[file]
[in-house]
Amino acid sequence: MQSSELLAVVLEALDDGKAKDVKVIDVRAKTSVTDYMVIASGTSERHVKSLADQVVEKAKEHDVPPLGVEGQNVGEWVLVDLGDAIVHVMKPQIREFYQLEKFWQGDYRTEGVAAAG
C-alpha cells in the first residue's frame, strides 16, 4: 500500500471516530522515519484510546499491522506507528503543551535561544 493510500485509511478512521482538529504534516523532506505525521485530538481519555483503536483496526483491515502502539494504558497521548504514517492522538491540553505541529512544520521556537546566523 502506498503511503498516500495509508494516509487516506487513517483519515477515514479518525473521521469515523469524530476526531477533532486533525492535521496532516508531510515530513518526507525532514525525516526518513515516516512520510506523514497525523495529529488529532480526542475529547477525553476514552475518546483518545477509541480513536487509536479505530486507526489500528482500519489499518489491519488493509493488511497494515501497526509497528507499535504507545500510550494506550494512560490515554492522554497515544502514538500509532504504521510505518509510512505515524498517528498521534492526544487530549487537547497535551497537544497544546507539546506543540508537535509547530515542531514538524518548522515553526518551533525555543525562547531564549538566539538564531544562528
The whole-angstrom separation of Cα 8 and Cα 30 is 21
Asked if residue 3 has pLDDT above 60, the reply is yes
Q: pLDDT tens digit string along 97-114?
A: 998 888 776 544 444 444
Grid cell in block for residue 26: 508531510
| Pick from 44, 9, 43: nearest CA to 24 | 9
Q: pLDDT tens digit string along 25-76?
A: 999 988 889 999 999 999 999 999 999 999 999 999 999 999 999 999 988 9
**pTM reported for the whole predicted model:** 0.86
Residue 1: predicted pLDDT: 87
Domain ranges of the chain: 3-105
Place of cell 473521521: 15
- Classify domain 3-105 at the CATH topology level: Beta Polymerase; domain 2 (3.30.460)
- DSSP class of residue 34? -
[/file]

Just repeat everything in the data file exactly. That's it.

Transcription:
[in-house]
Amino acid sequence: MQSSELLAVVLEALDDGKAKDVKVIDVRAKTSVTDYMVIASGTSERHVKSLADQVVEKAKEHDVPPLGVEGQNVGEWVLVDLGDAIVHVMKPQIREFYQLEKFWQGDYRTEGVAAAG
C-alpha cells in the first residue's frame, strides 16, 4: 500500500471516530522515519484510546499491522506507528503543551535561544 493510500485509511478512521482538529504534516523532506505525521485530538481519555483503536483496526483491515502502539494504558497521548504514517492522538491540553505541529512544520521556537546566523 502506498503511503498516500495509508494516509487516506487513517483519515477515514479518525473521521469515523469524530476526531477533532486533525492535521496532516508531510515530513518526507525532514525525516526518513515516516512520510506523514497525523495529529488529532480526542475529547477525553476514552475518546483518545477509541480513536487509536479505530486507526489500528482500519489499518489491519488493509493488511497494515501497526509497528507499535504507545500510550494506550494512560490515554492522554497515544502514538500509532504504521510505518509510512505515524498517528498521534492526544487530549487537547497535551497537544497544546507539546506543540508537535509547530515542531514538524518548522515553526518551533525555543525562547531564549538566539538564531544562528
The whole-angstrom separation of Cα 8 and Cα 30 is 21
Asked if residue 3 has pLDDT above 60, the reply is yes
Q: pLDDT tens digit string along 97-114?
A: 998 888 776 544 444 444
Grid cell in block for residue 26: 508531510
| Pick from 44, 9, 43: nearest CA to 24 | 9
Q: pLDDT tens digit string along 25-76?
A: 999 988 889 999 999 999 999 999 999 999 999 999 999 999 999 999 988 9
**pTM reported for the whole predicted model:** 0.86
Residue 1: predicted pLDDT: 87
Domain ranges of the chain: 3-105
Place of cell 473521521: 15
- Classify domain 3-105 at the CATH topology level: Beta Polymerase; domain 2 (3.30.460)
- DSSP class of residue 34? -